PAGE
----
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I am pleased that the Prime Minister has—belatedly—seen sense and has accepted our argument that the unfair settled status fee should be scrapped.
We are very clear that we want EU citizens to stay in Scotland. There is still a requirement to apply for settled status, and I do not think that there should be a requirement for people who already have their home in Scotland to apply for the right to stay here. That is grotesque. However, while there is that requirement, the Scottish Government’s advice service, which will be delivered in partnership with Citizens Advice Scotland, will help to ensure that EU citizens feel welcomed, supported and valued. In addition, we have funded the EU citizens rights project to deliver outreach and awareness-raising events with EU citizens across the country.
Of course, as I said a moment ago, dropping the fee does not change the fact that the United Kingdom Government is making EU citizens apply to retain their current rights. The Prime Minister’s approach to that and to migration generally makes it all the more clear that it is time for this Parliament to have powers over immigration.
I can see that the First Minister agrees with me that the approach of the UK Government to European citizens who have made their home in Scotland and the UK is a slap in the face considering their commitment to the UK. Many of them have lived in Scotland longer than they lived in their country of birth, but the UK Government does not seem to recognise the rejection that those EU citizens feel.
Jill Rutter, the director of the Britain’s Future think tank, says:
“The Home Office must invest in getting the EU settlement scheme right from the start. Failure to do so could cause massive problems in years to come, on a far bigger scale than the Windrush scandal.”
In view of that, can the First Minister assure me and the Parliament that everything will be done within the powers that are at her disposal to ensure that those who are hardest to reach—many people will not be documented when the scheme is finished, especially the elderly and those who have language barriers—are able to stay here?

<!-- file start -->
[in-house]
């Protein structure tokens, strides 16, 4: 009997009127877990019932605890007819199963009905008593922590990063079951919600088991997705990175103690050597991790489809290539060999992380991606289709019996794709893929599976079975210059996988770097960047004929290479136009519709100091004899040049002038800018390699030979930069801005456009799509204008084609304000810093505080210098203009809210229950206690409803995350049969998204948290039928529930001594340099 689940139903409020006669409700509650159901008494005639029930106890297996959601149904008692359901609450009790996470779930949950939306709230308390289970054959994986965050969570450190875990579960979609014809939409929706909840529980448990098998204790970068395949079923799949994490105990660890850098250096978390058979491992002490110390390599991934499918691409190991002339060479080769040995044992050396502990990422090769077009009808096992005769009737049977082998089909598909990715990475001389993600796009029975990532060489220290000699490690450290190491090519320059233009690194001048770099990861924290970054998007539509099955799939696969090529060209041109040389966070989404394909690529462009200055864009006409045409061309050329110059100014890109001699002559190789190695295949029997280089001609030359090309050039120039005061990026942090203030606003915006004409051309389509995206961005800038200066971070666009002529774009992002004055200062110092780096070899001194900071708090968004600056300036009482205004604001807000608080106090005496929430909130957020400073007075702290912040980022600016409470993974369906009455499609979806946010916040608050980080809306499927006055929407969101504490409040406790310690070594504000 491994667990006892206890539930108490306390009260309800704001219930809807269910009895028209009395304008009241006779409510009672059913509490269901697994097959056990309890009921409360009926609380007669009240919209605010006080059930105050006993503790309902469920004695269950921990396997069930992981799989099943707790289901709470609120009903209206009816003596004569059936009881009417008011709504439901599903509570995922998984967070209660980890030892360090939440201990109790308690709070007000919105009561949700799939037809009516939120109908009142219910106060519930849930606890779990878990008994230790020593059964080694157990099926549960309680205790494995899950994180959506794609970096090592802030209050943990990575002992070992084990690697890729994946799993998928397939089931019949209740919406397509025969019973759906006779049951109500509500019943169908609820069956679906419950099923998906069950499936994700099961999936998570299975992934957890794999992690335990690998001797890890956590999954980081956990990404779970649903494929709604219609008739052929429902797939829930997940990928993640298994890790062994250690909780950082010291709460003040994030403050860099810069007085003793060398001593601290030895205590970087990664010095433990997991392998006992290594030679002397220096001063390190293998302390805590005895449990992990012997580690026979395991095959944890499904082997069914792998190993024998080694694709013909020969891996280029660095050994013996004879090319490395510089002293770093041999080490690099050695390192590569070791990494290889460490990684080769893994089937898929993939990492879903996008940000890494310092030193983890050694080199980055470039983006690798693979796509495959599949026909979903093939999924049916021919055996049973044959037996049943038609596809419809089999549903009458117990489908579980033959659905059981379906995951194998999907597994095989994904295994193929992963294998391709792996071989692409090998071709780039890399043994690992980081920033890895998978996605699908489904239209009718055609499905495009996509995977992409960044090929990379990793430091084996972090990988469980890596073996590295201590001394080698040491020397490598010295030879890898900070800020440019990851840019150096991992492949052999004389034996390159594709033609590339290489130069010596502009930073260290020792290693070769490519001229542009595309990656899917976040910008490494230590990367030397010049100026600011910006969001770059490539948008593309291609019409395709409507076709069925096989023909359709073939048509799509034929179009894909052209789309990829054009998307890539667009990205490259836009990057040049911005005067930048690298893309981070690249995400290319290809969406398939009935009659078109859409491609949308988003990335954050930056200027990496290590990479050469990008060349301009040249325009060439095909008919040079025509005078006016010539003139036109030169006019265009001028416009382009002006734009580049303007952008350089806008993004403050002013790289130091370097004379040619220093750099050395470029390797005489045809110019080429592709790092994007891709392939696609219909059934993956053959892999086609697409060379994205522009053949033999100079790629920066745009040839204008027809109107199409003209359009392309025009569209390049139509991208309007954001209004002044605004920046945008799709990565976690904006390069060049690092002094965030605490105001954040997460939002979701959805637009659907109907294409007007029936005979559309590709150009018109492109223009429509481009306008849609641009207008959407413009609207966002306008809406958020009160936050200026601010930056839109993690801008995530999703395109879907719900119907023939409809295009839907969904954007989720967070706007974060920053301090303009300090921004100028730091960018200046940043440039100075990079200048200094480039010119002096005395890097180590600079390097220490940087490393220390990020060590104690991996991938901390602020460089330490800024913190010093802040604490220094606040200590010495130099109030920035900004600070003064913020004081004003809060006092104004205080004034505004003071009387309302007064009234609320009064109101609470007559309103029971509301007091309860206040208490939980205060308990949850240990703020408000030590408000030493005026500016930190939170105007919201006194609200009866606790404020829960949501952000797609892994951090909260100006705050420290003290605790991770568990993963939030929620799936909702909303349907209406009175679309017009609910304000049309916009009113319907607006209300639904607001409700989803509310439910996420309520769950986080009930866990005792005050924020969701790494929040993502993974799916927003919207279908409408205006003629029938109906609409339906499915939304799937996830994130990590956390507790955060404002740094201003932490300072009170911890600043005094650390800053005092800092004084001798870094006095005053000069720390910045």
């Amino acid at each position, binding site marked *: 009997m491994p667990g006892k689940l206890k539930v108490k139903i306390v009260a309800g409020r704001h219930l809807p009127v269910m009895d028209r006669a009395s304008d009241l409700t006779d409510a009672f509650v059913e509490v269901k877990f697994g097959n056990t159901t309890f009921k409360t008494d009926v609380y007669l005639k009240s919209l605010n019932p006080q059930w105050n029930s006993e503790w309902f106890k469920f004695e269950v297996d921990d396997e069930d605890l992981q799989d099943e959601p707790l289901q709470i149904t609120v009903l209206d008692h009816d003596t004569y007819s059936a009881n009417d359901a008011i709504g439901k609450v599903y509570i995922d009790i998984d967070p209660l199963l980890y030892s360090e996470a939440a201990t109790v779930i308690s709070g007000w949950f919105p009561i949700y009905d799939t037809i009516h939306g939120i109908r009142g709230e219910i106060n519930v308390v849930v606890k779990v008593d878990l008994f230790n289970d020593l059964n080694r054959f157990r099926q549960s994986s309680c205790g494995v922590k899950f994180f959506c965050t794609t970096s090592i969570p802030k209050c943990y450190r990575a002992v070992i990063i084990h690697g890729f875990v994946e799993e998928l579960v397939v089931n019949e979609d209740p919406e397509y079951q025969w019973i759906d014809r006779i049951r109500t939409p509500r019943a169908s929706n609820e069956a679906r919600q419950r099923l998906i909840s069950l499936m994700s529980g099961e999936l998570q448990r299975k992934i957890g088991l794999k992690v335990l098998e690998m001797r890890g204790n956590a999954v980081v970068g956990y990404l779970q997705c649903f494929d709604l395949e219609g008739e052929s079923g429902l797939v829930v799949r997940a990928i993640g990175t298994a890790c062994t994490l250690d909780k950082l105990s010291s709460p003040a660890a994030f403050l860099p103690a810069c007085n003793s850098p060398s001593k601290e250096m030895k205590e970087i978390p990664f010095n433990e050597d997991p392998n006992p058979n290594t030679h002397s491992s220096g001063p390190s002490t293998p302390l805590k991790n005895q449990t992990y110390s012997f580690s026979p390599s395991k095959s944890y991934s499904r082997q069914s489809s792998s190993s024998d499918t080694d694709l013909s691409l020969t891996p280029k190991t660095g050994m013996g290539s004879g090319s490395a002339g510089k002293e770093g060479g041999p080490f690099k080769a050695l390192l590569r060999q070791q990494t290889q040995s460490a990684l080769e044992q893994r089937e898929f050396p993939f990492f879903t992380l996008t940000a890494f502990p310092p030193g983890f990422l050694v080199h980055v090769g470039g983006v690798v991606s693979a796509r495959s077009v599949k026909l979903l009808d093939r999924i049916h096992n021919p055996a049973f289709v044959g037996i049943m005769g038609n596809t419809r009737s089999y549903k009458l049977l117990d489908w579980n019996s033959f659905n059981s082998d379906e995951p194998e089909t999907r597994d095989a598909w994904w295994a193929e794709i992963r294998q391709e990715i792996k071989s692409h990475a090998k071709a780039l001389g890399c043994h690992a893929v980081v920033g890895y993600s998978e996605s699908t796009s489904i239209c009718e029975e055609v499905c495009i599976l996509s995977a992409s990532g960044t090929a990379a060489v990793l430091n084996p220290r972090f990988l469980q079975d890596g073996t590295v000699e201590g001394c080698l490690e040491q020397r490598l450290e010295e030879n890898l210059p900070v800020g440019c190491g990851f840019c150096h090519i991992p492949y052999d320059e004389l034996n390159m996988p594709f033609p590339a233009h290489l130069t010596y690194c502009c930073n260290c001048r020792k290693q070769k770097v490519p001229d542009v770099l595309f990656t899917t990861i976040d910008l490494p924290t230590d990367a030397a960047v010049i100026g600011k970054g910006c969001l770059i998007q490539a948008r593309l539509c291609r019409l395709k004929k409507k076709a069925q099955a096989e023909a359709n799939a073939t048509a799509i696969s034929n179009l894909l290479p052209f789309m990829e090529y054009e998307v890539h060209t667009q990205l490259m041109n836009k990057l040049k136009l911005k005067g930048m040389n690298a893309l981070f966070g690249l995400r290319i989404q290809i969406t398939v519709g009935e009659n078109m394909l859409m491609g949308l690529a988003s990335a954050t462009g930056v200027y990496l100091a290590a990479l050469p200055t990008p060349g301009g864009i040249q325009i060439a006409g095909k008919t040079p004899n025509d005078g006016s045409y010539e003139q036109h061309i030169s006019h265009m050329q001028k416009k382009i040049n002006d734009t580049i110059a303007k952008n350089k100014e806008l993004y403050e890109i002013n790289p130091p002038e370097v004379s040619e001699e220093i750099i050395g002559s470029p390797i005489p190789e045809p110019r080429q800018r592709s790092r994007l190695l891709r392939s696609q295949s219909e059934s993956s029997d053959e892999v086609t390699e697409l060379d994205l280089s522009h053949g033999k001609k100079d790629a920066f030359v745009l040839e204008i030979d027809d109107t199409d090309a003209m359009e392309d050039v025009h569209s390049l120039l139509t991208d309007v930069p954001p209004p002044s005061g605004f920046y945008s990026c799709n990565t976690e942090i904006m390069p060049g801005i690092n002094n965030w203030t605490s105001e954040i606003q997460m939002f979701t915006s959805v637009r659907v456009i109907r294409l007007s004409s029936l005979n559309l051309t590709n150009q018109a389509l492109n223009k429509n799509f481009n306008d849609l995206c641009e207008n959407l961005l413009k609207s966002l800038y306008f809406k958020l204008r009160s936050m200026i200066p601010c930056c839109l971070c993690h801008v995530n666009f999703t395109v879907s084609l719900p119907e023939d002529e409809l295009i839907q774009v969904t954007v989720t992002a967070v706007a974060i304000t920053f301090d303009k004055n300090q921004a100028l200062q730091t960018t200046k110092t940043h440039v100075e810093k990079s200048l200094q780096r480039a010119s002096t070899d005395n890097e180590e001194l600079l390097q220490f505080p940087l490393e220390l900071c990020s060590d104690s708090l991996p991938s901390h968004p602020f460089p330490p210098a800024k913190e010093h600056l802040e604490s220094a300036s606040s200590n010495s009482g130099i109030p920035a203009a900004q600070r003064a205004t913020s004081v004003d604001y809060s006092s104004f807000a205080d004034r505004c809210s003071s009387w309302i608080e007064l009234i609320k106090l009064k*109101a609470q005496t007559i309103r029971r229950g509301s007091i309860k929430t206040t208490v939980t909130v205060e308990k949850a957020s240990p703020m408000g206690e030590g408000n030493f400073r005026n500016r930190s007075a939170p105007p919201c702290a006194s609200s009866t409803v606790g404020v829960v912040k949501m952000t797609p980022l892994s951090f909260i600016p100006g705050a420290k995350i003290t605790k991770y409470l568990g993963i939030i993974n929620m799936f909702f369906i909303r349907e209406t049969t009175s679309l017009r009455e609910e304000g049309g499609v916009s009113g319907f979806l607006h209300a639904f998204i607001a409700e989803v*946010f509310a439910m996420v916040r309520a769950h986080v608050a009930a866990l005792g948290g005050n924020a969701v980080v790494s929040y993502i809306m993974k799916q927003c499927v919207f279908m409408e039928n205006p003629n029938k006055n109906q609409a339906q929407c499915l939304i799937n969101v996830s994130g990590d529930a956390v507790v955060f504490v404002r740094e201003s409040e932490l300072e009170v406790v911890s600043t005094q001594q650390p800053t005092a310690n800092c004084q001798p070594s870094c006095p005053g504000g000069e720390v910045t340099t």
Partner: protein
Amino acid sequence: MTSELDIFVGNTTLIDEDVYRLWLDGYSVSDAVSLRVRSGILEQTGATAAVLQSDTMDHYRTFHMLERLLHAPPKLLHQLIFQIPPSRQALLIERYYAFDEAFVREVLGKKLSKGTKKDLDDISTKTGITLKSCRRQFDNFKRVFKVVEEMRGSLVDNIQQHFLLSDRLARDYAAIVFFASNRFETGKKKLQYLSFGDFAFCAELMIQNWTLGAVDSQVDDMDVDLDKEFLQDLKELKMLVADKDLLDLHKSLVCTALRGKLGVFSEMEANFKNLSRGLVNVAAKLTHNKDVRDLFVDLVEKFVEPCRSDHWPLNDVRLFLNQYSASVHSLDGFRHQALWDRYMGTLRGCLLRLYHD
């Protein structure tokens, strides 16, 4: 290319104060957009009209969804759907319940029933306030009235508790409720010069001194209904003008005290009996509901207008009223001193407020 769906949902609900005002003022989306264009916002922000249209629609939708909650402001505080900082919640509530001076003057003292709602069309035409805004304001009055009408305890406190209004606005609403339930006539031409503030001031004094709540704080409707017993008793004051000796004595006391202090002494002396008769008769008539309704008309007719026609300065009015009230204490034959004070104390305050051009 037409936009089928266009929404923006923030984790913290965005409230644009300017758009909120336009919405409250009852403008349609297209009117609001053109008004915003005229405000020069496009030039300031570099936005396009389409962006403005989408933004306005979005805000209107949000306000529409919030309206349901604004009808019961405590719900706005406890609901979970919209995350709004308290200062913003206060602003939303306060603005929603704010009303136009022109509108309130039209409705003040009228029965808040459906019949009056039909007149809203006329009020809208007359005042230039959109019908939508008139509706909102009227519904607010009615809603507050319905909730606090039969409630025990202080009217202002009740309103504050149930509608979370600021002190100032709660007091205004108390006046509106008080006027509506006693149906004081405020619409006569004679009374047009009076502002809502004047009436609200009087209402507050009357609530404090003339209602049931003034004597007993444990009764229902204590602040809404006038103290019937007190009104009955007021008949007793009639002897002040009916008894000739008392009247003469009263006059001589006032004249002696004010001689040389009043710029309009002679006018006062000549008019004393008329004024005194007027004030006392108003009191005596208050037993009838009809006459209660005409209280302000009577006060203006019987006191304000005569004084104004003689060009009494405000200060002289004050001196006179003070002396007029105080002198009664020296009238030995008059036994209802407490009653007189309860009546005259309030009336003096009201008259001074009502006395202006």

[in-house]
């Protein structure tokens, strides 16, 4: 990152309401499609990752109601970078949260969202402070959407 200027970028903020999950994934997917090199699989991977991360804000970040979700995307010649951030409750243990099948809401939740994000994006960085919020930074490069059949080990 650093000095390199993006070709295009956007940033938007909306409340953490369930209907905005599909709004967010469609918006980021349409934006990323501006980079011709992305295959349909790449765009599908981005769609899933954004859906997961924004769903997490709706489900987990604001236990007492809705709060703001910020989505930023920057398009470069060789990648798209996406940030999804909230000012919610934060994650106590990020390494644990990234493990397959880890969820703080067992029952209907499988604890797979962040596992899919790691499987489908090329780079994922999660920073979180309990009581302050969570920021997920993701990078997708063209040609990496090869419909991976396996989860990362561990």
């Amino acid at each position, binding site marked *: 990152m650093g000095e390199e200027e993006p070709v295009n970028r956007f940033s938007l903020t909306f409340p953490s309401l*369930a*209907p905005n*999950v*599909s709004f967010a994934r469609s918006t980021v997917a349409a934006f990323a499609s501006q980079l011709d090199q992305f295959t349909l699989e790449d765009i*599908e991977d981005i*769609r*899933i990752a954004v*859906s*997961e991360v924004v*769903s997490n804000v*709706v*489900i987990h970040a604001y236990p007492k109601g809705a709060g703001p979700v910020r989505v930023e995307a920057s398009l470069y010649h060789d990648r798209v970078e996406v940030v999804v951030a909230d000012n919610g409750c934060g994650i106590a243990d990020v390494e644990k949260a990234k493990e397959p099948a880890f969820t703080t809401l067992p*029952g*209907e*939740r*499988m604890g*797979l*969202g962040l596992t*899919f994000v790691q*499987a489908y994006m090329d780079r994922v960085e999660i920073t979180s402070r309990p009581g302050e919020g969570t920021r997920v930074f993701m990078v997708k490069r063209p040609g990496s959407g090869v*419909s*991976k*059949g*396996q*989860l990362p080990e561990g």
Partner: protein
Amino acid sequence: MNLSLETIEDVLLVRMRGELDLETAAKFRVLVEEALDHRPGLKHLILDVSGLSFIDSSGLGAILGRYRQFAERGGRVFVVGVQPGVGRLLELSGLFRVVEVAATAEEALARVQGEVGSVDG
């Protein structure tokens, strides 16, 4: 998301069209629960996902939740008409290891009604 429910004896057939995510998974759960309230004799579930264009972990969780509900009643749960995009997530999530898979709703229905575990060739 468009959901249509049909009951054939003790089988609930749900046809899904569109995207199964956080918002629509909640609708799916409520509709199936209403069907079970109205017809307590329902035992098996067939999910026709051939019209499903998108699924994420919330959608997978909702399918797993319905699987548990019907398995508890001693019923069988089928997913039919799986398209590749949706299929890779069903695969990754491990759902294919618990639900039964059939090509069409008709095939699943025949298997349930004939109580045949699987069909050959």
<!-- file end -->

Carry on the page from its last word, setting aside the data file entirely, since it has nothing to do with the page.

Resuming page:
I can give that assurance. Since the day after the Brexit referendum, I have been at pains to say to EU citizens that they are welcome here, that this is their home and that we want them to stay. As far as we can within our limited powers in this area, we will back that rhetoric up with the kind of action that I have spoken about.
I regret deeply the fact that people who have made their homes here—people who consider this to be their home as much as I do or any of us in the chamber does—are being made to apply for the right to stay here. I think that that is awful, and I cannot begin to imagine how that makes an EU national feel.
There is also the practical point—the point that Michael Russell and I made again to the Prime Minster yesterday, although, unfortunately, she did not appear to be listening to it—that we need people to want to come to Scotland to live, work and study here. We need to grow our working-age population. Therefore, as well as the fact that what the UK Government is doing is wrong in principle, it is also practically damaging for Scotland. That is why, as I say, the sooner that we get these matters into our own hands and are able to take decisions in Scotland instead of having these decisions taken at Westminster, the better for all of us.